Local view for "http://purl.org/linkedpolitics/eu/plenary/2008-01-16-Speech-3-256"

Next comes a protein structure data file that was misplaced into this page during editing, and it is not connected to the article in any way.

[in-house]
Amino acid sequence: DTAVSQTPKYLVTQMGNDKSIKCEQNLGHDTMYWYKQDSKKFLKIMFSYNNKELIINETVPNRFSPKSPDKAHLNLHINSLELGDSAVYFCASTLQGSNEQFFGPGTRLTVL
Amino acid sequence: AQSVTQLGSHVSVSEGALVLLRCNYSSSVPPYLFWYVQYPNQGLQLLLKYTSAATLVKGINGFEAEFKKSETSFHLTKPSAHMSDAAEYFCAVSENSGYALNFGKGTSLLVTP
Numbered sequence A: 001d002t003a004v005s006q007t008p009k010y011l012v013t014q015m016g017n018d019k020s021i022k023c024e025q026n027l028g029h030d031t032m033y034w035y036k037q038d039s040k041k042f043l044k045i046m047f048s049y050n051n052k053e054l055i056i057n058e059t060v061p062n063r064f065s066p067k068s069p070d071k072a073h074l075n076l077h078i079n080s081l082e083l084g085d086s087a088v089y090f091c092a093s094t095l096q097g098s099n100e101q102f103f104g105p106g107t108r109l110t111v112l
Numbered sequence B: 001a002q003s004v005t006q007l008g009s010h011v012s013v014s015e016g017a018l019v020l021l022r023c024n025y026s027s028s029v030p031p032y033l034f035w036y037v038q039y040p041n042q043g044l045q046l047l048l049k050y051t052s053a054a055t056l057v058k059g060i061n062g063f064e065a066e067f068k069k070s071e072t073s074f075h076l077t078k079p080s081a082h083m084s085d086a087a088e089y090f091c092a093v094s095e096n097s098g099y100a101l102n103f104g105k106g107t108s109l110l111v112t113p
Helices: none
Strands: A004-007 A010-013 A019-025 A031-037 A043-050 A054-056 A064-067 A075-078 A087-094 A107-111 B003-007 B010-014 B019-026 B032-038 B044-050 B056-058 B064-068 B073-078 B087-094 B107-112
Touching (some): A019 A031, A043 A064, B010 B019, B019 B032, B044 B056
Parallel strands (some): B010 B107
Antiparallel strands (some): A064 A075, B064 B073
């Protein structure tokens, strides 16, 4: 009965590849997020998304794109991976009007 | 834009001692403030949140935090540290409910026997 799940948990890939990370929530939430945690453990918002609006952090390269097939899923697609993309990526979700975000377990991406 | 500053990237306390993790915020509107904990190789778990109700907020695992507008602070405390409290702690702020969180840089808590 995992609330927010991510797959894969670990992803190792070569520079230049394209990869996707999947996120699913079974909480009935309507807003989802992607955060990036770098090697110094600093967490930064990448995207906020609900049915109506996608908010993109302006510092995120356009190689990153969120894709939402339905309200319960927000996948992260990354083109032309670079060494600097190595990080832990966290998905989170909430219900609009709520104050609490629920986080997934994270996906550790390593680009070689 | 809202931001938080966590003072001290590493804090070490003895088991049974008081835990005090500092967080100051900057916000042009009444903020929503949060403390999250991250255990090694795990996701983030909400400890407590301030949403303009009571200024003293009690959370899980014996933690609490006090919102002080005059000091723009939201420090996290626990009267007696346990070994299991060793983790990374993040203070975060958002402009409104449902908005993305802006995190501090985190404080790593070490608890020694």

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"Mr President, I think it is generally accepted that the recent presidential elections in Kenya were flawed. I think that is a great pity because Kenya is a country that has been politically stable for many decades. Sadly that has changed in the last two weeks and we have seen over 600 people killed and 250 000 people have been displaced. Unfortunately, again, that violence is ethnic in nature. The question now is, what can the international community and ourselves do to bring political stability back to Kenya before the situation deteriorates further? Constructive political dialogue between both sides must be a key priority, and I would agree with other speakers that yesterday was a positive day in the Kenyan Parliament. Without political engagement, however, there will be no agreement, and the European Union is urging its political talks. I am delighted to see that Kofi Annan and the Presidents of Tanzania and Uganda will be there shortly to try and broker some sort of deal. Many of the people who have been displaced have gone into Uganda, which means there have already been effects on the regions surrounding Kenya. With regard to aid and the European Union increasing its level of financial support for humanitarian programmes in Kenya, I would be interested to hear Commissioner Michel’s answer on how exactly that money will be spent and to make sure it has been spent correctly, as raised by previous speakers. I think we all should remember – and particularly the Kenyan people and the politicians should remember – that history has shown, time and time again, that, where there is a political vacuum, that vacuum can often be filled by extremists, but the people of Kenya deserve better."@en1

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